“They more or less failed in the development of the wine business,” Philippe de Poyferre, managing director of Château Loudenne, told Bloomberg. “It didn’t make sense for them to continue with Loudenne,” concludes the boss of a place that once belonged to Chinese investors, deceived by the success of names like Jack Ma or actor Zhao Wei, who also own properties in the Bordeaux region.
However, a confluence of factors such as the decrease in the amount of short-term investments, as well as capital flows, have made it difficult for those who want to produce wine in the French region to succeed. Moreover, the pandemic and the culture wars with French workers have been the final straw in this process.
After being among the top investors in this market for a decade, cash flow from China is rapidly disappearing. For example, when Vineyards-Bordeaux, a subsidiary of Christie’s real estate, sold 13 properties last year, there was no interest from Chinese investors. The pullback is emblematic, given that Asian entrepreneurs have also pulled back from international expansions in various sectors ranging from luxury to insurance, Bloomberg reports. In recent years, scrutiny of major acquisitions by groups such as HNA Airlines and Fosun has intensified from Beijing.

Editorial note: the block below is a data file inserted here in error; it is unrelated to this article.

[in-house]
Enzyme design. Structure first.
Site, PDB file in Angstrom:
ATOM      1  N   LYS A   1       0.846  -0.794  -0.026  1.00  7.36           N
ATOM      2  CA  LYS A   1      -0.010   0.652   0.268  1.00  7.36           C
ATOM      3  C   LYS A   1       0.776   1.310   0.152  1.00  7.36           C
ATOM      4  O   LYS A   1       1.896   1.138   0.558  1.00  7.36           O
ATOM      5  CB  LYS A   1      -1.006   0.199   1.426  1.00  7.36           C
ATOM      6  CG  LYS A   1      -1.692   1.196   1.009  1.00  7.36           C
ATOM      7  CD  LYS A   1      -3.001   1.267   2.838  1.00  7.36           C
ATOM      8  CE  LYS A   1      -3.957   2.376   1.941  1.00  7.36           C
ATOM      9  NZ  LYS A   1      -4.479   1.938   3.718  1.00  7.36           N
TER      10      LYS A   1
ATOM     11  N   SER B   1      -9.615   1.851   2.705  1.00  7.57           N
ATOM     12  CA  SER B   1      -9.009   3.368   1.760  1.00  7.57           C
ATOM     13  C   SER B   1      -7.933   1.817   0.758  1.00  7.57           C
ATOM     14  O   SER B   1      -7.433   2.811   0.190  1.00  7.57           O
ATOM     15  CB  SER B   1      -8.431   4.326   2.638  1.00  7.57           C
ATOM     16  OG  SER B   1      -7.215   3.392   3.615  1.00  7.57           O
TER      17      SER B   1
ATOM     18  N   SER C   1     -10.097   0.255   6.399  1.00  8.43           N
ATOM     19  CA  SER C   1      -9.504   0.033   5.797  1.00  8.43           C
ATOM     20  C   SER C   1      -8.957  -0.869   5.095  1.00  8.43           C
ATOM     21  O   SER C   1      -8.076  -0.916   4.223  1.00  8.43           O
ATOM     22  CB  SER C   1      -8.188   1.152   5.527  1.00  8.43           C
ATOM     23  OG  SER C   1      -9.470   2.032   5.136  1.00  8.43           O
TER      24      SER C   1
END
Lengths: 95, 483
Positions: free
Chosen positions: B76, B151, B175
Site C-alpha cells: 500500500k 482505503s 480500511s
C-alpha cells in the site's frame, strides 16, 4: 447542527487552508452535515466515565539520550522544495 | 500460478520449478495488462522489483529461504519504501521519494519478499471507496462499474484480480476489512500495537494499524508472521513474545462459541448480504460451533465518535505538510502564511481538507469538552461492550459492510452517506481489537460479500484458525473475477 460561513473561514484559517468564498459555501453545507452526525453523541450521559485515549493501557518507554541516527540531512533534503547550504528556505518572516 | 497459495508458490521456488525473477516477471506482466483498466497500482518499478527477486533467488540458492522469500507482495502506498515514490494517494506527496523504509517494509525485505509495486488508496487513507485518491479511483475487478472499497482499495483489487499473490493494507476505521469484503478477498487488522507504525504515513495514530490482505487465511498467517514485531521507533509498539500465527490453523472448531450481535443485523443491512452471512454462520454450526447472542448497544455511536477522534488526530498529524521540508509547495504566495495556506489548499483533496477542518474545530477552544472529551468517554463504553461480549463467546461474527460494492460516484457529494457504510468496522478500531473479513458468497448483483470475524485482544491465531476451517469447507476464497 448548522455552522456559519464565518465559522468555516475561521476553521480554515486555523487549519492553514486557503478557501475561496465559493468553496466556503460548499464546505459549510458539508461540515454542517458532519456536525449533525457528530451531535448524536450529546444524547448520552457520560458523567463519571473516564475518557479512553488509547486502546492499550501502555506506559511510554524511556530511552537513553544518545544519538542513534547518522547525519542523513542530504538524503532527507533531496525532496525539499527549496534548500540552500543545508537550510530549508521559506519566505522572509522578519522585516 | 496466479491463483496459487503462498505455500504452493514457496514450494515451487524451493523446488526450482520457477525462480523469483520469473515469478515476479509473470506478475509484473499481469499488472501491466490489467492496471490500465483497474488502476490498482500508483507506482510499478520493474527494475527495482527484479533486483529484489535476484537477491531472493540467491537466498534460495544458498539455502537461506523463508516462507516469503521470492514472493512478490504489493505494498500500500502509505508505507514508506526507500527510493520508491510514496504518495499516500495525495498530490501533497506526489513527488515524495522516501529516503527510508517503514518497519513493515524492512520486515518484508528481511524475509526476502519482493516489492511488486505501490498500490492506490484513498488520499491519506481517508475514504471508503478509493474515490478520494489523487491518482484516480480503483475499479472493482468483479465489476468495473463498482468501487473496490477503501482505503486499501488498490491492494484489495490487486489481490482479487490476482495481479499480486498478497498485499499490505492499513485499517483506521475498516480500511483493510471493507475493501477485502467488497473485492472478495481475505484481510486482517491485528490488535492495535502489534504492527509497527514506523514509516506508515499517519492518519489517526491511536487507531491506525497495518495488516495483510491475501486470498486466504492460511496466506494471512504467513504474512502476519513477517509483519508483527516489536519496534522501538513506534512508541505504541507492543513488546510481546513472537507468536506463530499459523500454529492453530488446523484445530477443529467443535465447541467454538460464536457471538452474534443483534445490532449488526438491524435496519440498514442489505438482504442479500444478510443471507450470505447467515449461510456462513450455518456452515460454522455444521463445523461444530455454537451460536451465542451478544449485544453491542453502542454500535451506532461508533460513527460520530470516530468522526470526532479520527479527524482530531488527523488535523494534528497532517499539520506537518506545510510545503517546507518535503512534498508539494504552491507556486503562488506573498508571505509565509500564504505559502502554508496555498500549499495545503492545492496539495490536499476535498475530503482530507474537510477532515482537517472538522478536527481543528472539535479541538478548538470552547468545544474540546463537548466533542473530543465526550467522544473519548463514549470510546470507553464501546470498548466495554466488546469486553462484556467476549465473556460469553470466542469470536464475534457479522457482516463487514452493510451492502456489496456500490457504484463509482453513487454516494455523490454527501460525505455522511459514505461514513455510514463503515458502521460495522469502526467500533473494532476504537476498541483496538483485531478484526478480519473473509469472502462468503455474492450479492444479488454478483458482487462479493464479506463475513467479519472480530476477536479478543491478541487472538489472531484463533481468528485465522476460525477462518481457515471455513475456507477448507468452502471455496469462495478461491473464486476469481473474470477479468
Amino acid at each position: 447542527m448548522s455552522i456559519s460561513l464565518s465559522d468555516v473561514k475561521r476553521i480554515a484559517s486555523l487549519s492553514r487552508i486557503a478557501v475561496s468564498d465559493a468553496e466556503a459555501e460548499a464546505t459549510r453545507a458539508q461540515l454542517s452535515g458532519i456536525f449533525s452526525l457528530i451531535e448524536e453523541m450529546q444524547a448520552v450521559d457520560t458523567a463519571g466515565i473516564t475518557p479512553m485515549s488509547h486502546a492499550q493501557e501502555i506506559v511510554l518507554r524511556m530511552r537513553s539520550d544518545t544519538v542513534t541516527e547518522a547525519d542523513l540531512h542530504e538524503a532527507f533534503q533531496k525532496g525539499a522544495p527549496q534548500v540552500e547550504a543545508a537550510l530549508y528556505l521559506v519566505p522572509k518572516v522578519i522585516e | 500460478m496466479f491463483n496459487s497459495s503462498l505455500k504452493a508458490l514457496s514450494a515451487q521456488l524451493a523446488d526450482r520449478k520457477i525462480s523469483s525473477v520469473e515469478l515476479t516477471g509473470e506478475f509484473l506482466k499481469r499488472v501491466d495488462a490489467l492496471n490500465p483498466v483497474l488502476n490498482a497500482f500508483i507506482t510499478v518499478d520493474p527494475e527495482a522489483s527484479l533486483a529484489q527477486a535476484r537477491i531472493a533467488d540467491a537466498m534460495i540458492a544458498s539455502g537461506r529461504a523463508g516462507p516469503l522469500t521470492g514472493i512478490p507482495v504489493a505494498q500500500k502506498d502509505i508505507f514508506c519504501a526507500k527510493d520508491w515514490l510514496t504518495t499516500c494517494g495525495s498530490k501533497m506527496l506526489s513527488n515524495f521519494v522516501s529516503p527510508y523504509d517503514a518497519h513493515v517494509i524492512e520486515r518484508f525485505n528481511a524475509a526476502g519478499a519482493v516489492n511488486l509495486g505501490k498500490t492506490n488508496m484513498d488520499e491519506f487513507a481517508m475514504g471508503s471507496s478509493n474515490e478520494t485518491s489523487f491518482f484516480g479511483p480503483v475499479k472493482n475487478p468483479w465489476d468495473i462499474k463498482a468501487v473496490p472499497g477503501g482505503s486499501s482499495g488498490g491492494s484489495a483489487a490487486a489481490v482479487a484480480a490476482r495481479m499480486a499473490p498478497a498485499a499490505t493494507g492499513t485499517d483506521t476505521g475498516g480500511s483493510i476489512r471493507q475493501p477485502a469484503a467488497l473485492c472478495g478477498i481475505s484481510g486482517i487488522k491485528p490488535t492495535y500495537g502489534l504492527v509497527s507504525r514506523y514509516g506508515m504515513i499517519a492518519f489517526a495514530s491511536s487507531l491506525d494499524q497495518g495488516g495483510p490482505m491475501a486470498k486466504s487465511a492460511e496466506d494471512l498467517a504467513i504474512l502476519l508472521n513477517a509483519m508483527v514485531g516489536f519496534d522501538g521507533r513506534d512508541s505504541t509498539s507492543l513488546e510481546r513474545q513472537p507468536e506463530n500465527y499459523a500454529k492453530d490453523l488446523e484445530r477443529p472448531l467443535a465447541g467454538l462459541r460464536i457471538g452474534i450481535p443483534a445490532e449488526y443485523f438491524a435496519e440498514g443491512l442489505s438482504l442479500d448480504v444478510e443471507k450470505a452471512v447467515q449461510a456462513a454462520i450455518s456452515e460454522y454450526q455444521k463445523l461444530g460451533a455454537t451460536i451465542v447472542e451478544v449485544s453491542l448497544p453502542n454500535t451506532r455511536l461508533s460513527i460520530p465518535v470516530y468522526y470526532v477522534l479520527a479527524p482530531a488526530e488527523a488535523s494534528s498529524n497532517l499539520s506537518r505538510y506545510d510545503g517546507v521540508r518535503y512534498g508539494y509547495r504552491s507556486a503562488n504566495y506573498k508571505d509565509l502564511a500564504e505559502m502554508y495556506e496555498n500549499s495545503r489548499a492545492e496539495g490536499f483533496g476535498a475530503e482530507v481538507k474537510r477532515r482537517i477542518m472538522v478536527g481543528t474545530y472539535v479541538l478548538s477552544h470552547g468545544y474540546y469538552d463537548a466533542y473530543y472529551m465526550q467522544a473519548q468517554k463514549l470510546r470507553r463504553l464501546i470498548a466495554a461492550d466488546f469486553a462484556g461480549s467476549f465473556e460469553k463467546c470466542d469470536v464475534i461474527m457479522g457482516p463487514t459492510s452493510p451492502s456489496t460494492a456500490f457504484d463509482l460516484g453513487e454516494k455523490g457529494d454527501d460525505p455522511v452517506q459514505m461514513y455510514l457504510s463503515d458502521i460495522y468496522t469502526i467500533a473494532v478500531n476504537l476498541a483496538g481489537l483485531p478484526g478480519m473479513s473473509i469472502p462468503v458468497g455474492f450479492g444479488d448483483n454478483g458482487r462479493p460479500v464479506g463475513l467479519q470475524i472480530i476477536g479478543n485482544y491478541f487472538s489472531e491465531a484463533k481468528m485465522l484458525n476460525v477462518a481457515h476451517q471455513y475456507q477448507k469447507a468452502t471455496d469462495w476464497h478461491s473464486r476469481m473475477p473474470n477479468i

This wave of acquisitions for wine production began in 2011, after the COFCO Group, a large Chinese state-owned agricultural company, purchased Château de Viaud as part of an international expansion promoted at the time by the government of the country. The move has inspired other entrepreneurs, with the Chinese accounting for around 80% of 30 vineyard purchases in Bordeaux in recent years.
Over the past decade, Chinese investors have bought about 170 “castles”, or about 2% of existing properties in the region. The decline began in 2019, with the tightening of capital controls, which to date has worsened.